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Truss Rod question
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Author:  Dharper [ Sun May 21, 2017 9:07 pm ]
Post subject:  Truss Rod question

Hello all, I am new to the forums, I am also new to guitar building! I recently bought a Martin Mahogany Dreadnought kit. So far everything is going well and I am about to put the back on and close up the body. Before I do that I have been looking ahead in the process. This is where my question comes in.

I am using both the instructions that came with the kit and I also bought an online manual from When I compare the truss rod in both of these instruction manuals and the one that came with the kit they are not the same. So, before I close her up I would like to get some opinions from some veteran guitar makers. Here's a picture:
truss rod.JPG

The picture in the upper left is the rod that came with the kit. The other two pictures are pictures from the manuals. The manuals show a rod that extends well beyond the dovetail of the neck. The one that came with the kit is flush with the dovetail. Now, I will admit, I am building a kit guitar and I know NOTHING about truss rods. I don't know what they do or how they work. I kind of pictured them sucking the neck into the body by tightening the alen key. But now that I see mine I am at a total loss on its purpose. So I guess my question is is the rod I have the correct setup? Am I missing any parts that extend it beyond the dovetail? Or should it be flush like it is? Also, if anyone would like to give a brief truss rod 101 I would greatly appreciate it. Thank you so much!

Author:  Hesh [ Mon May 22, 2017 5:05 am ]
Post subject:  Re: Truss Rod question

Flush is fine. The purpose of a truss rod is to induce back bow (more on this in a minute...) to counter string tension inducing forward bow so that the instrument can be set-up with a tad of relief (forward bow) on the treble side and hopefully.... a tad more relief on the bass side.

Some modern truss rods are often "two way" rods that can also induce forward bow if desired. When an acoustic (or electric for that matter) guitar is exposed to very low humidity for a period of time the dissimilar woods of the fret board and neck combined with string tension and maybe even compression from fret tangs may.... create a perfect storm and may cause permanent back bow. This can render an instrument unplayable and impossible to set-up without refretting and manually leveling the fret board.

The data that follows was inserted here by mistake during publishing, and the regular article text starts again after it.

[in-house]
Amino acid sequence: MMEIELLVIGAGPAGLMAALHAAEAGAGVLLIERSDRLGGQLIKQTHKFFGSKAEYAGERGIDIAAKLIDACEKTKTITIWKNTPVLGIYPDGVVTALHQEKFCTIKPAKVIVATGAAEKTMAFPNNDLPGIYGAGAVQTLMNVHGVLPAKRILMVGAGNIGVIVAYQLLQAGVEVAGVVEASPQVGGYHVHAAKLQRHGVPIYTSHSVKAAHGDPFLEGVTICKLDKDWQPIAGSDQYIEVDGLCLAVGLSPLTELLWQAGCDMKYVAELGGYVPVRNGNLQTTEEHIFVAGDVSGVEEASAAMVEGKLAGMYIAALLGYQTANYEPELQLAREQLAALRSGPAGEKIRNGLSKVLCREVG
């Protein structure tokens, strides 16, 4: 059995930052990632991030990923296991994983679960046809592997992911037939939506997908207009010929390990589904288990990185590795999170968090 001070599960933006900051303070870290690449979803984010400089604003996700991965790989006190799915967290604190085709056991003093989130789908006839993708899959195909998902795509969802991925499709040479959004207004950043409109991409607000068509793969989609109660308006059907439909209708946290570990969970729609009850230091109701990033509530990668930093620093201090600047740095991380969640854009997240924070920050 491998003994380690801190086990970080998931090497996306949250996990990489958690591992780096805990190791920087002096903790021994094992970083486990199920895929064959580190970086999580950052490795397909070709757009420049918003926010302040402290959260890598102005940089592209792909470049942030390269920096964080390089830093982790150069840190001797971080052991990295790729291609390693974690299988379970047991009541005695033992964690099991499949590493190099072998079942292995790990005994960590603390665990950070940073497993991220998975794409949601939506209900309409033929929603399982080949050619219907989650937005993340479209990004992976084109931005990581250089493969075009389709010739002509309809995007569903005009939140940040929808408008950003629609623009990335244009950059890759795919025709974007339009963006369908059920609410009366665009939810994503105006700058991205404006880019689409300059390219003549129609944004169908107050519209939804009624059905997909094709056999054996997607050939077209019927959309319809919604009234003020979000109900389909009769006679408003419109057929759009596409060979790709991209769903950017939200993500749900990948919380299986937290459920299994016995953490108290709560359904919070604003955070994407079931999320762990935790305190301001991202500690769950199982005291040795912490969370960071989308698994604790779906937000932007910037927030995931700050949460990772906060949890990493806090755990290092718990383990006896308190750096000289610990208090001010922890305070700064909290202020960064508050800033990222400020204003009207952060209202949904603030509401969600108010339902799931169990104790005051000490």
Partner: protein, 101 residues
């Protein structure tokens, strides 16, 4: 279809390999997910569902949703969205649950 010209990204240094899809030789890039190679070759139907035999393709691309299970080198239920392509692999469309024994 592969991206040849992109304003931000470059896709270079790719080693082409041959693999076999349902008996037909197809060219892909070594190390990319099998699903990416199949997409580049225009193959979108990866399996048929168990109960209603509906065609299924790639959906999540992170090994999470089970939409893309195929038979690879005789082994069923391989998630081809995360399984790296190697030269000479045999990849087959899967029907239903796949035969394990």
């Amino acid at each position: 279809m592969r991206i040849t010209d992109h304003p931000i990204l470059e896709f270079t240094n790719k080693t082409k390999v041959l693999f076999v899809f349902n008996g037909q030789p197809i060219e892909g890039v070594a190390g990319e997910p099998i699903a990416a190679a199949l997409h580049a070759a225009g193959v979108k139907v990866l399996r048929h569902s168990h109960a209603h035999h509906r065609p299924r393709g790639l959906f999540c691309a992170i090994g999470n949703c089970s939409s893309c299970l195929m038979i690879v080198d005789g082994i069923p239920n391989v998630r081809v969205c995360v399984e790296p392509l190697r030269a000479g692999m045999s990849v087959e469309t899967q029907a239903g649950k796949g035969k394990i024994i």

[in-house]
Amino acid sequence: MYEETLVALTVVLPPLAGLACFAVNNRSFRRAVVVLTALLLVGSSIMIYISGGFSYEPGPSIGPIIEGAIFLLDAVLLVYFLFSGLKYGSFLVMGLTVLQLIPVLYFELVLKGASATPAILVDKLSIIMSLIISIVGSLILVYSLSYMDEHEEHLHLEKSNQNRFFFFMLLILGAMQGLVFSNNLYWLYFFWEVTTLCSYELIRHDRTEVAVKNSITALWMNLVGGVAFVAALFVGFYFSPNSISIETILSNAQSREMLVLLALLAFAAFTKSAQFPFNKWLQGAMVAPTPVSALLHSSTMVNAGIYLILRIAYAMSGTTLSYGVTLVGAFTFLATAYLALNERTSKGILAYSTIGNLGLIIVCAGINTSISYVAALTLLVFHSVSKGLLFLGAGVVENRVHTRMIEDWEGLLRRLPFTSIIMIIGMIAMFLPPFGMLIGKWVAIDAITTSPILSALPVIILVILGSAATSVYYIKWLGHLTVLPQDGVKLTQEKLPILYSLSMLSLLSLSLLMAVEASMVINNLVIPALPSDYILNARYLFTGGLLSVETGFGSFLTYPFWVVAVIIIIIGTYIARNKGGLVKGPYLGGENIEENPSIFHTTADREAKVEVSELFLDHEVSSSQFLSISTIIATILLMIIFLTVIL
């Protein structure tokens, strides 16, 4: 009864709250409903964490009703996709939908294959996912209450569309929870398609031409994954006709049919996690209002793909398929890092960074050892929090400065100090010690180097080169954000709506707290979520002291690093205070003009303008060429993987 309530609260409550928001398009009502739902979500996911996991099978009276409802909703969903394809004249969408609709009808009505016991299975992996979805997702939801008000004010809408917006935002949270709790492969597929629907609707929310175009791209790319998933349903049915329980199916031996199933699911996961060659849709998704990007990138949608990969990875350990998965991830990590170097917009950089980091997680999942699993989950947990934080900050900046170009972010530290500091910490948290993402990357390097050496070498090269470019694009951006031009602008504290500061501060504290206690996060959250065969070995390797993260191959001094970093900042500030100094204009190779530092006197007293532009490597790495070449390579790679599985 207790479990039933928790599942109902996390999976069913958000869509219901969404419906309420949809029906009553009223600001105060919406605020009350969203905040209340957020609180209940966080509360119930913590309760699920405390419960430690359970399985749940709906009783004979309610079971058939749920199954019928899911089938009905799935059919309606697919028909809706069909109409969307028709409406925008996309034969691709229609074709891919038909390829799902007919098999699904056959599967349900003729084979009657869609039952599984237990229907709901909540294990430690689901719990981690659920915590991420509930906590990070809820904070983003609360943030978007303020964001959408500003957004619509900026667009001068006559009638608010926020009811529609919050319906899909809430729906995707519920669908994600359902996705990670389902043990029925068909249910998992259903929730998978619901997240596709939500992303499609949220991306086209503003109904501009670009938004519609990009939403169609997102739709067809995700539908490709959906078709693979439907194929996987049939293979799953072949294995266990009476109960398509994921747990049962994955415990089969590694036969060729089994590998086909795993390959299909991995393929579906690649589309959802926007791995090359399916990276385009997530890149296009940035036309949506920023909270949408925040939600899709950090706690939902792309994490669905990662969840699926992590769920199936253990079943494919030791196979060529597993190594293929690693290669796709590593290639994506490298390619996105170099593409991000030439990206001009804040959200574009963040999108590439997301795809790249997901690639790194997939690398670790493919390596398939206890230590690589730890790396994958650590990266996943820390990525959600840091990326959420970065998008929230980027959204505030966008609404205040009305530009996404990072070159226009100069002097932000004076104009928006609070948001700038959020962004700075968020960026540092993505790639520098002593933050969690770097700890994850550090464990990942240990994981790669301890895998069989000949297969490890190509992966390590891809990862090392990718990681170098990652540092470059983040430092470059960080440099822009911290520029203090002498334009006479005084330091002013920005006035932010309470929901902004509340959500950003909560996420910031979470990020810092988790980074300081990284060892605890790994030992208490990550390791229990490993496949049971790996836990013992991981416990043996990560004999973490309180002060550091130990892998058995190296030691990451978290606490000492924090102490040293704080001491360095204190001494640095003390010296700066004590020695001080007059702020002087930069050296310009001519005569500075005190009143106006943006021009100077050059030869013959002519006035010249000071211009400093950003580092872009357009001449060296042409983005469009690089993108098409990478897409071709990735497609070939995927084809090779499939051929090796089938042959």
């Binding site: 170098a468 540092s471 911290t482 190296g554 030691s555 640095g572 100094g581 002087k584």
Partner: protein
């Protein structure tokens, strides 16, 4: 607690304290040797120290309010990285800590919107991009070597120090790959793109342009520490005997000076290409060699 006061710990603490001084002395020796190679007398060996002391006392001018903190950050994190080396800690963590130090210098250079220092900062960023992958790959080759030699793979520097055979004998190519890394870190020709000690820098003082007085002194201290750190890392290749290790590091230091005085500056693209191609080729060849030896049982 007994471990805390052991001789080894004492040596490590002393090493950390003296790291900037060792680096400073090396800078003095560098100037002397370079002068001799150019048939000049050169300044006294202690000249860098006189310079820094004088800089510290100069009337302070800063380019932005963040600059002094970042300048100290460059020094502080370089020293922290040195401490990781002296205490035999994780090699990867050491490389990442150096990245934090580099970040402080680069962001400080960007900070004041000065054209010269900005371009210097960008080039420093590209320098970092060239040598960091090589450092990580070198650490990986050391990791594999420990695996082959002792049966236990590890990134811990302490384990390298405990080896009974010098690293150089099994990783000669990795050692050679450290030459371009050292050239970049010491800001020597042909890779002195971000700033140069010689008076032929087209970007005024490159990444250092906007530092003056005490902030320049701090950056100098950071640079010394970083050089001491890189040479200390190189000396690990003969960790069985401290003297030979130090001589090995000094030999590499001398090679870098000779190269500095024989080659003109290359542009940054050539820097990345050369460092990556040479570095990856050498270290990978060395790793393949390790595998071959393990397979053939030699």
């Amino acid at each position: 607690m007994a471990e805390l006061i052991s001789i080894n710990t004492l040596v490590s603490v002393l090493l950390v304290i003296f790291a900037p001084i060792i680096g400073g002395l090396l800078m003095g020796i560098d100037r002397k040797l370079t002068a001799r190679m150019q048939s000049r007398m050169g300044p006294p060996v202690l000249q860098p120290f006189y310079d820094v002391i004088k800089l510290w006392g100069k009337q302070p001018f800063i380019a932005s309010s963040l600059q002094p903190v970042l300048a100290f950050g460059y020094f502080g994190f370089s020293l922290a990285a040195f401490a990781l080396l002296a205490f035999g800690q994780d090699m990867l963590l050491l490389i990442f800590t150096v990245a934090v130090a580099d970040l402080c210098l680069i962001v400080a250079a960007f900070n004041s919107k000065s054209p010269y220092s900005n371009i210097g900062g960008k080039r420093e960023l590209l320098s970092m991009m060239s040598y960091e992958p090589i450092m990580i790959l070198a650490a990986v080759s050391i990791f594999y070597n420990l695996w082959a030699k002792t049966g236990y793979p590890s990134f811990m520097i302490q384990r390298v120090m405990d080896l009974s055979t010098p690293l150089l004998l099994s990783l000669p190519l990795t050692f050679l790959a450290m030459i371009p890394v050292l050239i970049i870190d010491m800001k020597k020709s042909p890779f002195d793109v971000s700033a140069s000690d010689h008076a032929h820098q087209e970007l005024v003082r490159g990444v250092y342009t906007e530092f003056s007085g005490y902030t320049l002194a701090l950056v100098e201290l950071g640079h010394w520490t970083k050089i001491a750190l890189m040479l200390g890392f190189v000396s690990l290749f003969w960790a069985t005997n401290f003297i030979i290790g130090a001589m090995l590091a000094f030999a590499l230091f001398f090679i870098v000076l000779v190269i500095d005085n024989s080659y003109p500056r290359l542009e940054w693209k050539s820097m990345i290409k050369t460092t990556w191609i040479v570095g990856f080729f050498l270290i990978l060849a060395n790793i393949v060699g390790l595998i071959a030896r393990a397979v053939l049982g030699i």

Modern truss rods that are double action can counter this with a twist or two and can save the day, literally..... by inducing forward bow. I know you didn't ask about double action rods but I get carried away...;)

Anyway flush is fine just be sure that you have a hole in your upper transverse brace that fits the truss rod wrench that will be necessary to reach the adjuster. It's not uncommon for some rods to protrude beyond the neck block and it's also not uncommon for the adjuster to be flush with the neck block.

A good idea too is to clamp the truss rod in a vice and work it a bit with the wrench off the guitar being sure that the adjuster is properly fixed to the rod. Truss rods do break with the adjuster welds failing and this can be a nightmare if it happens after the guitar is built.

Welcome to the forum and building, sounds like you are doing a great job!

Author:  Dharper [ Mon May 22, 2017 11:03 am ]
Post subject:  Re: Truss Rod question

Very nice response hesh, I appreciate you taking the time to explain things a little better. I read about the "two way rods" that you mentioned. I wonder if that's what mine is? When you turn the alen bolt there's this kind of "neutral part" where the nut is loose and somewhat free. From that point you can tighten it either clockwise or counterclockwise. Two way right? [:Y:]